New London Inn

The New London Inn was built in 1794 of brick and had a superb covered inner courtyard, and was the main coaching terminus in Exeter. It is probably the most well documented of Exeter's old Inns and had 60 bedrooms.

During the Theatre Royal fire of 1887, survivors were tended to at the hotel with the courtyard acting as a make-shift mortuary. The hotel actually provided the fire companies with ladders in order to help with the evacuation of people and to fight the fire. The courtyard shown above had a glass canopy.

The inn was built by Nosworthy at the behest of John Land who ran the place until 1817. His accountant then took over and had the audacity to briefly re-name it Cockrams Inn. Land died aged 87 and was said to be the oldest and wealthiest landlord in the South West. He had previously run the Old London Inn.

In 1868 Robert Pople took over and the hotel was often referred to as Poples, indeed it was illustrated as Pople's New London Hotel in many of the guidebooks of the time. Robert Pople was Mayor of Exeter for three succesive years.

Directory Listings.

Somewhere in the region of 70 coaches departed the New London Inn. The mail coaches would take 20-24 hours to reach London. The Inn's Quicksilver service was supposed to be the fastest in England.

The inn had the capacity to cater for up to 300 horses a day and provided employment for around 3000 local residents.

With the advent of the petrol engine, the hotel quickly adapted, having space for up to 50 vehicles. There were private lock-ups, inspection pits and car washing facilities. In the 1920's a lock-up cost 12.5p / night and patrons could simply garage their cars for 5p / night.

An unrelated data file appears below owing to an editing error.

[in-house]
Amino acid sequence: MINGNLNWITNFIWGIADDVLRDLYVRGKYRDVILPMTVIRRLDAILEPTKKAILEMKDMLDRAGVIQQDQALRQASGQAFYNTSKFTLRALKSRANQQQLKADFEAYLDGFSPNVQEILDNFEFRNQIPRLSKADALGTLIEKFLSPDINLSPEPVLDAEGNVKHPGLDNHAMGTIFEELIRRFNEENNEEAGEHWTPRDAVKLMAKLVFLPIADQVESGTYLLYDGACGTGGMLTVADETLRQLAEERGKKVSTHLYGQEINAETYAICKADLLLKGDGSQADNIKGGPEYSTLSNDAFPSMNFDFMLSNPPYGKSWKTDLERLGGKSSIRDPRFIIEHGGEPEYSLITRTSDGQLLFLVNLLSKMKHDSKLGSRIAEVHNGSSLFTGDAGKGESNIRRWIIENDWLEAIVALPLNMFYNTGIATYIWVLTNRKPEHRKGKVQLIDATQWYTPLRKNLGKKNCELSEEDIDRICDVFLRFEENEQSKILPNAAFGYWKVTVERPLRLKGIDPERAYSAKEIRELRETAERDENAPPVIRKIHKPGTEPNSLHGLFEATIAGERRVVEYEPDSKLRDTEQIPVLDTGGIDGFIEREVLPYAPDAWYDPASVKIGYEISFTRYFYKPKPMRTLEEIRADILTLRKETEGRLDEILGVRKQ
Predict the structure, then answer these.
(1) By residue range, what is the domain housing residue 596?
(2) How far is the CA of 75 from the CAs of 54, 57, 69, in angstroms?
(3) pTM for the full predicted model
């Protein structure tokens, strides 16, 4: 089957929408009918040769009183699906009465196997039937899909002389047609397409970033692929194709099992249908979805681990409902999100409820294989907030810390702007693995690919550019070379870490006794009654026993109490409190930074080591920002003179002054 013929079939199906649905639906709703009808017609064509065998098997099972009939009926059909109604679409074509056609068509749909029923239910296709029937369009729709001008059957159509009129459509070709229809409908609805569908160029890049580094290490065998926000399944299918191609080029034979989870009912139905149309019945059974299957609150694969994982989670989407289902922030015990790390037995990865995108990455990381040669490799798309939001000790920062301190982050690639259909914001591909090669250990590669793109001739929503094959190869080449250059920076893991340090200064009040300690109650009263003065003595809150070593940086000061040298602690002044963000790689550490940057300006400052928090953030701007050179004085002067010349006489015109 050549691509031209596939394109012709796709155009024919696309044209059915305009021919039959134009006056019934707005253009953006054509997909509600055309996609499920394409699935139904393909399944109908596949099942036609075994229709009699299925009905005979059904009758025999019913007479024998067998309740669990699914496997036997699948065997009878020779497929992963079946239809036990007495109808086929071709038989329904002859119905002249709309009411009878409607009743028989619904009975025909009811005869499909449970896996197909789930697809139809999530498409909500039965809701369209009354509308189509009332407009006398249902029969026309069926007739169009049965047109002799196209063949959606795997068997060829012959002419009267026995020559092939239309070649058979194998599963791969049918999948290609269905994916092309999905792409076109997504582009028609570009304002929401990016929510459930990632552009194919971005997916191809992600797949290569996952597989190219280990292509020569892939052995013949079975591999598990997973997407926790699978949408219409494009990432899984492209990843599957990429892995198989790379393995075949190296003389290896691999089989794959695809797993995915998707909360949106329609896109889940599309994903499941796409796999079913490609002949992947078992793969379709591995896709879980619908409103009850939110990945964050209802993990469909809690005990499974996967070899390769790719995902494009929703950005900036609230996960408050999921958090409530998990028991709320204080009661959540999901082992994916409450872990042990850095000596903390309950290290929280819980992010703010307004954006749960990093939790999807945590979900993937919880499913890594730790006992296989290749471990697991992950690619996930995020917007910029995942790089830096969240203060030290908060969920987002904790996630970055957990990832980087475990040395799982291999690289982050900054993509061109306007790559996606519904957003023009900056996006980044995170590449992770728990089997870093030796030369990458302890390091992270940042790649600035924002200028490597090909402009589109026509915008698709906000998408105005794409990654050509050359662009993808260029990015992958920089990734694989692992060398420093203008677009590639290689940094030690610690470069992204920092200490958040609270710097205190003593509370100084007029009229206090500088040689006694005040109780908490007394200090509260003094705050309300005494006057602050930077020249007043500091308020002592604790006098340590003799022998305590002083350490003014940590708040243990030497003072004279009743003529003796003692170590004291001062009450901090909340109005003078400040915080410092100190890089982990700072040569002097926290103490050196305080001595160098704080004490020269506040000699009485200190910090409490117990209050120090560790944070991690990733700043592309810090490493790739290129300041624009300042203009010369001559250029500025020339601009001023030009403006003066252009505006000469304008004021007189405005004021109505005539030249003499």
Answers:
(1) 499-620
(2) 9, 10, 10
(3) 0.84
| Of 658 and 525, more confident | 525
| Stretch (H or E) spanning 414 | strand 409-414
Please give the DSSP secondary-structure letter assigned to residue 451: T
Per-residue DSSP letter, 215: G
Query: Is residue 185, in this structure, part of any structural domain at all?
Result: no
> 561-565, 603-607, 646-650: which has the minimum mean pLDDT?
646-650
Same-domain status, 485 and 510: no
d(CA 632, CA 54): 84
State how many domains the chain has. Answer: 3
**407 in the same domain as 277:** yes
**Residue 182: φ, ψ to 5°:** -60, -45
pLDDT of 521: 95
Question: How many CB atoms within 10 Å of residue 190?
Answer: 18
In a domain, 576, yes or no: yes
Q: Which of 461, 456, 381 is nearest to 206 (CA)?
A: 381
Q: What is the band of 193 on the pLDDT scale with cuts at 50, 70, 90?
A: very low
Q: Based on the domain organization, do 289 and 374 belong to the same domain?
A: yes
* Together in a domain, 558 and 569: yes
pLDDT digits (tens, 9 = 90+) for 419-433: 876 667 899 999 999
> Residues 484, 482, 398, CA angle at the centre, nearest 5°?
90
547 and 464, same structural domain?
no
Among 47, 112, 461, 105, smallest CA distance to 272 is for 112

The hotel was demolished to make way for the Savoy Cinema in 1936, this building later became the ABC Cinema. The whole site was re-developed around 1986 for shoppers with a mini-arcade added between Boots and the newer buildings on the corner of High Street.

The picture below shows the hotel standing next to the Subscription Rooms in the late C18th.

The original Old London Inn stood on the Paris Street / High Street corner according to Donn's map of 1765. The London Inn or Old London Inn became the Bude Haven Hotel.

Another London Inn (much younger) was located on New North Road at the side of and part of the old ABC Cinema, which was demolished in 1986 to make way for Waterstones et al.

In 1794-95 the Company of Waevers, Fullers and Shearmen held a dinner here costing 20.00 beside the contribution of the Junior Warden (Youings 1968). Dinners were also held here by the same company between 1815 and 1825.

Husseys hold details of the auction of Matford Lodge (Wonford Road) here on 10th March 1914 at 3.30 pm.

Later in the 1920's, rooms were 7 shillings (35p). If you wanted a double room, the cost was double. The restaurant was also open to non-residents. Plain breakfast was 10p, lunch 20p, afternoon tea 7.5p and dinner 30p.

London Inn square became popular with "young idlers" providing an insight into the lives of the rich and famous. The comings and goings of dukes, grand dukes, princess and many authors could be observed from the square.

Stuart Callon Copyright ©2002-2005